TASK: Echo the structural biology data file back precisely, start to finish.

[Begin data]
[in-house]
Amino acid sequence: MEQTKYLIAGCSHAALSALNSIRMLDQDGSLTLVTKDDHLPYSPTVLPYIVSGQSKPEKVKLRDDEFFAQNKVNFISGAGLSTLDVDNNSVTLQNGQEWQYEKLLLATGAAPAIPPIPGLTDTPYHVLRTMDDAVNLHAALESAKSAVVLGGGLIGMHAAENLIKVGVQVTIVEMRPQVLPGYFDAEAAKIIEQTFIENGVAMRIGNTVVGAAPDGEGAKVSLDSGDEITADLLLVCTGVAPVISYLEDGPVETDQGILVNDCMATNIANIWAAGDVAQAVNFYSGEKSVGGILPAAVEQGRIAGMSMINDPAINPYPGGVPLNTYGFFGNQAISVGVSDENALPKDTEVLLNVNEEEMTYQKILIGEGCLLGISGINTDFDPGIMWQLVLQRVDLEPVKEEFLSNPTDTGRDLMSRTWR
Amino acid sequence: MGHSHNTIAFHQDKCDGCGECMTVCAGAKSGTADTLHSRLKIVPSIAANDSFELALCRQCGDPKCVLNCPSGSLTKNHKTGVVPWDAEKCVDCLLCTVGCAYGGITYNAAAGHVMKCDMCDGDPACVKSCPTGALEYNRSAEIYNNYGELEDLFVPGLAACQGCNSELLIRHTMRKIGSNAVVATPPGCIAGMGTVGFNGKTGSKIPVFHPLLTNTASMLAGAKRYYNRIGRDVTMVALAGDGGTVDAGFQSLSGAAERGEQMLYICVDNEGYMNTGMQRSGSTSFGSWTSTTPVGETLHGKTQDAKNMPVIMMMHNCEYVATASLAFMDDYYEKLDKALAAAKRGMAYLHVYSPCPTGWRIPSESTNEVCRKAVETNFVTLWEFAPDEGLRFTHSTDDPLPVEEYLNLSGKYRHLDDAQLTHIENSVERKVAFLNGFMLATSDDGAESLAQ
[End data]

[in-house]
Amino acid sequence: MEQTKYLIAGCSHAALSALNSIRMLDQDGSLTLVTKDDHLPYSPTVLPYIVSGQSKPEKVKLRDDEFFAQNKVNFISGAGLSTLDVDNNSVTLQNGQEWQYEKLLLATGAAPAIPPIPGLTDTPYHVLRTMDDAVNLHAALESAKSAVVLGGGLIGMHAAENLIKVGVQVTIVEMRPQVLPGYFDAEAAKIIEQTFIENGVAMRIGNTVVGAAPDGEGAKVSLDSGDEITADLLLVCTGVAPVISYLEDGPVETDQGILVNDCMATNIANIWAAGDVAQAVNFYSGEKSVGGILPAAVEQGRIAGMSMINDPAINPYPGGVPLNTYGFFGNQAISVGVSDENALPKDTEVLLNVNEEEMTYQKILIGEGCLLGISGINTDFDPGIMWQLVLQRVDLEPVKEEFLSNPTDTGRDLMSRTWR
Amino acid sequence: MGHSHNTIAFHQDKCDGCGECMTVCAGAKSGTADTLHSRLKIVPSIAANDSFELALCRQCGDPKCVLNCPSGSLTKNHKTGVVPWDAEKCVDCLLCTVGCAYGGITYNAAAGHVMKCDMCDGDPACVKSCPTGALEYNRSAEIYNNYGELEDLFVPGLAACQGCNSELLIRHTMRKIGSNAVVATPPGCIAGMGTVGFNGKTGSKIPVFHPLLTNTASMLAGAKRYYNRIGRDVTMVALAGDGGTVDAGFQSLSGAAERGEQMLYICVDNEGYMNTGMQRSGSTSFGSWTSTTPVGETLHGKTQDAKNMPVIMMMHNCEYVATASLAFMDDYYEKLDKALAAAKRGMAYLHVYSPCPTGWRIPSESTNEVCRKAVETNFVTLWEFAPDEGLRFTHSTDDPLPVEEYLNLSGKYRHLDDAQLTHIENSVERKVAFLNGFMLATSDDGAESLAQ